Title: THE PAPAYA STORY: A SPECIAL CASE OR CAN IT BE GENERIC?
Submitted to: Meeting Abstract
Publication Type: Proceedings
Publication Acceptance Date: March 10, 2003
Publication Date: April 10, 2003
Citation: Gonsalves, D. 2003. The papaya story: a special case or can it be generic?. In: Eaglesham, A., Hardy, Ristow, S., editors. Science & Society at a Crossroad, National Agricultural Biotechnology Council Report 15, June 1-3, 2003, Seattle, Washington. p. 223-233.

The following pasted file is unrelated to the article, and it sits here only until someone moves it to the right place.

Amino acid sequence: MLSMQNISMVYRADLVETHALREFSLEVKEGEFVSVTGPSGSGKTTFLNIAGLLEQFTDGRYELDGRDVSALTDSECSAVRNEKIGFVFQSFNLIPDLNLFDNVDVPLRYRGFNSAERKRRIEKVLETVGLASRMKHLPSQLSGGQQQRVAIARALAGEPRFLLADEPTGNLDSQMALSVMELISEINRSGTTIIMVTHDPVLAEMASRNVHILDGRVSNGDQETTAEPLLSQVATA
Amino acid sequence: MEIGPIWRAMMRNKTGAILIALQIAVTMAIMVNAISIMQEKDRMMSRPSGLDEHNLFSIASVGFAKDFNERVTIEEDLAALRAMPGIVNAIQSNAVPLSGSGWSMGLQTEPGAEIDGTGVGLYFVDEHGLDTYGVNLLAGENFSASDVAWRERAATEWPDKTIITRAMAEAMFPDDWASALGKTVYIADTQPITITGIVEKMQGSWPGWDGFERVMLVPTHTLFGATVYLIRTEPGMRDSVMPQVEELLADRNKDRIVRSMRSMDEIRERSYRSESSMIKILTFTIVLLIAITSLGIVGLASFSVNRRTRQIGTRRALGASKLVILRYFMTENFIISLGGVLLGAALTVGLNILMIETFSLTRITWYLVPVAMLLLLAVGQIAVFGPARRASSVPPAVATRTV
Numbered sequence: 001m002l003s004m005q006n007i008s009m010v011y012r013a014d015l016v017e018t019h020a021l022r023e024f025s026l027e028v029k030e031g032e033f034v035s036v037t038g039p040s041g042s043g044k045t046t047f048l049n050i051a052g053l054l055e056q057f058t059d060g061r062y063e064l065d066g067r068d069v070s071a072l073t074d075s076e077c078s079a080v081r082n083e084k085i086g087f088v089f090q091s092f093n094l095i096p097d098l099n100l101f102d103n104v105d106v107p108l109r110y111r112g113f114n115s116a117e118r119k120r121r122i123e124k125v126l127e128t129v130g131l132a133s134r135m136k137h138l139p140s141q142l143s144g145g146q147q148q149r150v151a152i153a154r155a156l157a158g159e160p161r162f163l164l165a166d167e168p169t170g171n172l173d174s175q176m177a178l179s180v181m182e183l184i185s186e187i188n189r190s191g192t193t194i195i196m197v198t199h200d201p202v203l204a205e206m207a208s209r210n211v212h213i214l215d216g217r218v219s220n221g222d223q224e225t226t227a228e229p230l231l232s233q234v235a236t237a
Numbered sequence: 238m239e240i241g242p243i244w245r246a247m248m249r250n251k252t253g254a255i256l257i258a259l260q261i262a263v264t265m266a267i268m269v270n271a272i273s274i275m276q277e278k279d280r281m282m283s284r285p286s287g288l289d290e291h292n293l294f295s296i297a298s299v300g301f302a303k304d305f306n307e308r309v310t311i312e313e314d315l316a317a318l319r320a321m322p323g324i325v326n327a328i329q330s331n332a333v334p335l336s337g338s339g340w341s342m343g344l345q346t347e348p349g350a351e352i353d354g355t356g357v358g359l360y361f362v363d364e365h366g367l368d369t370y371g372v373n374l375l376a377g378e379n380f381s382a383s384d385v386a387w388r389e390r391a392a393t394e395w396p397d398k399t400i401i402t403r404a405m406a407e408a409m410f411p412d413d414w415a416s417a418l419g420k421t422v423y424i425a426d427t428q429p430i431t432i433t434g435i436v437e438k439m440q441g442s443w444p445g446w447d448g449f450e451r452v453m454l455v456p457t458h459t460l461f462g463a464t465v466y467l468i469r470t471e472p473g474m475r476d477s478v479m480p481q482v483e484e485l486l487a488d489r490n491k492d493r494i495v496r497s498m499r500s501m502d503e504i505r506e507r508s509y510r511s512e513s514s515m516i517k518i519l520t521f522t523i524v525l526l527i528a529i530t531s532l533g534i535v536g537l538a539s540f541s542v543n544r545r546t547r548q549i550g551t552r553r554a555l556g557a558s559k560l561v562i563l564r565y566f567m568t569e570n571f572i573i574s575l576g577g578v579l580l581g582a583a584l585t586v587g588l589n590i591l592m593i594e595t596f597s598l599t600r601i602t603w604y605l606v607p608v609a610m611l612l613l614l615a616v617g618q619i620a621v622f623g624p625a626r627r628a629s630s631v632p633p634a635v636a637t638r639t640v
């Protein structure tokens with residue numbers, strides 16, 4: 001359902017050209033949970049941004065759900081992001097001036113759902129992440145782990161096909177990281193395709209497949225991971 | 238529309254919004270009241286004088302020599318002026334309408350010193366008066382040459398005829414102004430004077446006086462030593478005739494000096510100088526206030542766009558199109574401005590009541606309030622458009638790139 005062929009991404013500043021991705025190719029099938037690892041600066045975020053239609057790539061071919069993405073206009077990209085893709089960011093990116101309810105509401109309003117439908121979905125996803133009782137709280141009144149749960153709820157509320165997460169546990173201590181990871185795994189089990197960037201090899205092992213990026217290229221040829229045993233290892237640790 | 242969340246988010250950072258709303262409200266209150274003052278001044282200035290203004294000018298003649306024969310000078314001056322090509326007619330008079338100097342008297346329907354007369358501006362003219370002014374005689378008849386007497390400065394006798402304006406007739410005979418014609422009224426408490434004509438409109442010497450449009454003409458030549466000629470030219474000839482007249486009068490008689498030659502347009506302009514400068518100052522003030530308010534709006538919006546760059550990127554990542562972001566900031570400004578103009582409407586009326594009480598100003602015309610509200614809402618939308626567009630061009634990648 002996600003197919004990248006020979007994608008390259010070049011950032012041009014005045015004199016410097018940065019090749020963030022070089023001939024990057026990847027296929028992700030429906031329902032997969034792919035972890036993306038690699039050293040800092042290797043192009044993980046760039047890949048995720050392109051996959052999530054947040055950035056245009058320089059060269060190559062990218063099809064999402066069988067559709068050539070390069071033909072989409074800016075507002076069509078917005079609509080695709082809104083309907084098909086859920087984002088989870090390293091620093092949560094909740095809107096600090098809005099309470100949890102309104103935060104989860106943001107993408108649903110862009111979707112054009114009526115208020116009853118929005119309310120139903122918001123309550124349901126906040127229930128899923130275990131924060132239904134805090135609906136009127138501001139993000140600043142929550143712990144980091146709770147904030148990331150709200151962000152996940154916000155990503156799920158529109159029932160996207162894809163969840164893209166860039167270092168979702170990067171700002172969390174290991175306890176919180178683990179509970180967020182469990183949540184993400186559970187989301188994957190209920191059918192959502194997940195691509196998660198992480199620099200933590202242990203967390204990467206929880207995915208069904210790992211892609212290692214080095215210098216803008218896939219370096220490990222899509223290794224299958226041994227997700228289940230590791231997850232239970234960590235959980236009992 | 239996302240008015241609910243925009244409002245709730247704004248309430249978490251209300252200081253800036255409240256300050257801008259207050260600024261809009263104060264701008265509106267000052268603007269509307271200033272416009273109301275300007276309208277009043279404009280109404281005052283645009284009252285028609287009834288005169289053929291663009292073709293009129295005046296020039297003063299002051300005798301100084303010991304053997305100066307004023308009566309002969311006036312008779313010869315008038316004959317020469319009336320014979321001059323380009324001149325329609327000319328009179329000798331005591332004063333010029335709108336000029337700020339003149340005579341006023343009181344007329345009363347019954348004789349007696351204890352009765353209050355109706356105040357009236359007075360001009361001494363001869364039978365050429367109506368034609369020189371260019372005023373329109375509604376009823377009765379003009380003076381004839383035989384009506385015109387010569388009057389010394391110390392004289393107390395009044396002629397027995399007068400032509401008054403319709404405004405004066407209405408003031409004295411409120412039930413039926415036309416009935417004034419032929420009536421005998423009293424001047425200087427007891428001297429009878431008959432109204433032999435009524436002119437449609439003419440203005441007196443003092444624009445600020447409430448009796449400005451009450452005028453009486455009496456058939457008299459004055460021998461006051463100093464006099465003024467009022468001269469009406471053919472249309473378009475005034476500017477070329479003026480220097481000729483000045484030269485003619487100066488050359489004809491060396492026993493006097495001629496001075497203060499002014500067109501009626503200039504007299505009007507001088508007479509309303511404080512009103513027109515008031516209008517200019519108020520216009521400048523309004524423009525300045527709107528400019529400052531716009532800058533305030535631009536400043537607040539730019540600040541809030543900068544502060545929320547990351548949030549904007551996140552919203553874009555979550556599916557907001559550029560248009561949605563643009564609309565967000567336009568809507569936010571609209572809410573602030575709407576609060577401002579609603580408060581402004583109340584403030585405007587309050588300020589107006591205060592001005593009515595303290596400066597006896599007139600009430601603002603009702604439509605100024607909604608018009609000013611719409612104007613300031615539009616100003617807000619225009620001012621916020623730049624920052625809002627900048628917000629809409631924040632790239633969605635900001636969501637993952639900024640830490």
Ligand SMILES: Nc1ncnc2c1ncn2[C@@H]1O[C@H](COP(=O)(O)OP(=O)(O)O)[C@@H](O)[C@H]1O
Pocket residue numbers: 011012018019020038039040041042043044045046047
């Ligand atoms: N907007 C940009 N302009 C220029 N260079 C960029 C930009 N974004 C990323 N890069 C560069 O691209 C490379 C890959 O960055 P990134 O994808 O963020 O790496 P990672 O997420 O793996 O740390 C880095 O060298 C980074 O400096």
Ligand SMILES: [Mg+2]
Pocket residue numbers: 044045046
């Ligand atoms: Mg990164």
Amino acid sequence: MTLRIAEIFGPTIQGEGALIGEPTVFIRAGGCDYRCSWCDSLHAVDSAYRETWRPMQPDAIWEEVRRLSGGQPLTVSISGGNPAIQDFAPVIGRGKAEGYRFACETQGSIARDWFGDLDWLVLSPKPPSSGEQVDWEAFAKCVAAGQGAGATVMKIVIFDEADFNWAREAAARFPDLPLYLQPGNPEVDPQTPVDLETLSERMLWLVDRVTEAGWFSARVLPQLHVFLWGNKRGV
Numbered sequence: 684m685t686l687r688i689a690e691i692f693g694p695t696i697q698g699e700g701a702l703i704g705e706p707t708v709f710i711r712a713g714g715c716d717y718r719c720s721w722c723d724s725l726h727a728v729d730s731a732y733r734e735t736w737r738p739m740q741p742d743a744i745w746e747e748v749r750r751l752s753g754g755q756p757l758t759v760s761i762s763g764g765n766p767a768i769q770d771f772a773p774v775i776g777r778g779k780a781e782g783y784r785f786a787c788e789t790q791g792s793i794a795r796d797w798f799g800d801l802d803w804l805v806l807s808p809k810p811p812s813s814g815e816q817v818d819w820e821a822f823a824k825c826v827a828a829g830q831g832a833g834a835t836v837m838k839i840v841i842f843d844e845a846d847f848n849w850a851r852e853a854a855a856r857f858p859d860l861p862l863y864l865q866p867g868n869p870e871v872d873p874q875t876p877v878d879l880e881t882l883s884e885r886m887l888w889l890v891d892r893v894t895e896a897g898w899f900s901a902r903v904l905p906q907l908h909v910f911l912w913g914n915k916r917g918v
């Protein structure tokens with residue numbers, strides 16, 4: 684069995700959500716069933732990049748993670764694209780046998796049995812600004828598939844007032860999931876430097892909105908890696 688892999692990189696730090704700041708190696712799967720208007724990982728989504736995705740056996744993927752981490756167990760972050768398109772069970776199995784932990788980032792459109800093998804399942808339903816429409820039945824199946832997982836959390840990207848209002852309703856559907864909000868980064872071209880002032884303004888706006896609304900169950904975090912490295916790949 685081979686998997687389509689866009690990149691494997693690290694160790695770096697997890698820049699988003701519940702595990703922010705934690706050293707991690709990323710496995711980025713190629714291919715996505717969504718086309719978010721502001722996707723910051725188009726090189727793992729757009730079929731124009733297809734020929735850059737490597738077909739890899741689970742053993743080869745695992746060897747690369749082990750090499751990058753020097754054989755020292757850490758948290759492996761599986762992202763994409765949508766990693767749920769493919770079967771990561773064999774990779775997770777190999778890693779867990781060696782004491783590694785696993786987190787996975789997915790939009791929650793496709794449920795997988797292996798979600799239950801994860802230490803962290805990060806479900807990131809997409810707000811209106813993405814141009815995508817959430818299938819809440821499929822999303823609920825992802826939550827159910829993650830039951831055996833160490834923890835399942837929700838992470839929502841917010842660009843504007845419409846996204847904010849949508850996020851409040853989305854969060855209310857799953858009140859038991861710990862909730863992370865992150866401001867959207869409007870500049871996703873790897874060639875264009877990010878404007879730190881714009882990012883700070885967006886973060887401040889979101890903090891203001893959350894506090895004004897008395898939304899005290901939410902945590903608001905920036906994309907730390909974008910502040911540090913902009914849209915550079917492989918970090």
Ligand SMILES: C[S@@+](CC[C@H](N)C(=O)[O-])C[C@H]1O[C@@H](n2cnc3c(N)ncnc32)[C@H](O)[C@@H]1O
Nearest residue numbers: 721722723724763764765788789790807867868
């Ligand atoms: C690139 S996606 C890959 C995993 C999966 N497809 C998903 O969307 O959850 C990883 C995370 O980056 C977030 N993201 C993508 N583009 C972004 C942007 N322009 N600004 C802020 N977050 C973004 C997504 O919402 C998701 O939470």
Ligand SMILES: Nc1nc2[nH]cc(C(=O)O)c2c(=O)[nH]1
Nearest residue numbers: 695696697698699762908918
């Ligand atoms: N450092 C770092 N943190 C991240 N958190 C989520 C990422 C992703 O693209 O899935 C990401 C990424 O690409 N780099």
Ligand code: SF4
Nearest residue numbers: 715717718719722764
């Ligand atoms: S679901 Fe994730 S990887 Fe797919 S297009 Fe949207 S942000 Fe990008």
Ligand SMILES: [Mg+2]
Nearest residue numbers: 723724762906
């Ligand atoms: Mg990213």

In 1992, papaya ringspot virus (PRSV) was discovered in the Puna district of Hawaii Island, where 95% of the state of Hawaii's papaya was being grown. By 1994, PRSV was widespread and causing large losses to papaya production in the Puna district. Coincidentally, genetically engineered papaya was produced and shown to be resistant to papaya ringspot virus in 1991. Thus, a concerted effort was made by the researchers to characterize, deregulate, and commercialize the transgenic papaya. The papaya was released to growers in 1998 and stemmed the destruction being caused by PRSV. This transgenic case has frequently been regarded as a model for showing the timely and successful use of biotechnology in agriculture. The key factors that contributed to its success were the starting of the research before PRSV became a severe problem in Puna, the commitment of the researchers to bring the project to a practical end, and the close communication and collaboration between the industry and the researchers. Can the papaya case be used a model for effective transfer of biotechnology? The author believes that this case presents the key elements for effective and timely transfer of biotechnology in agriculture.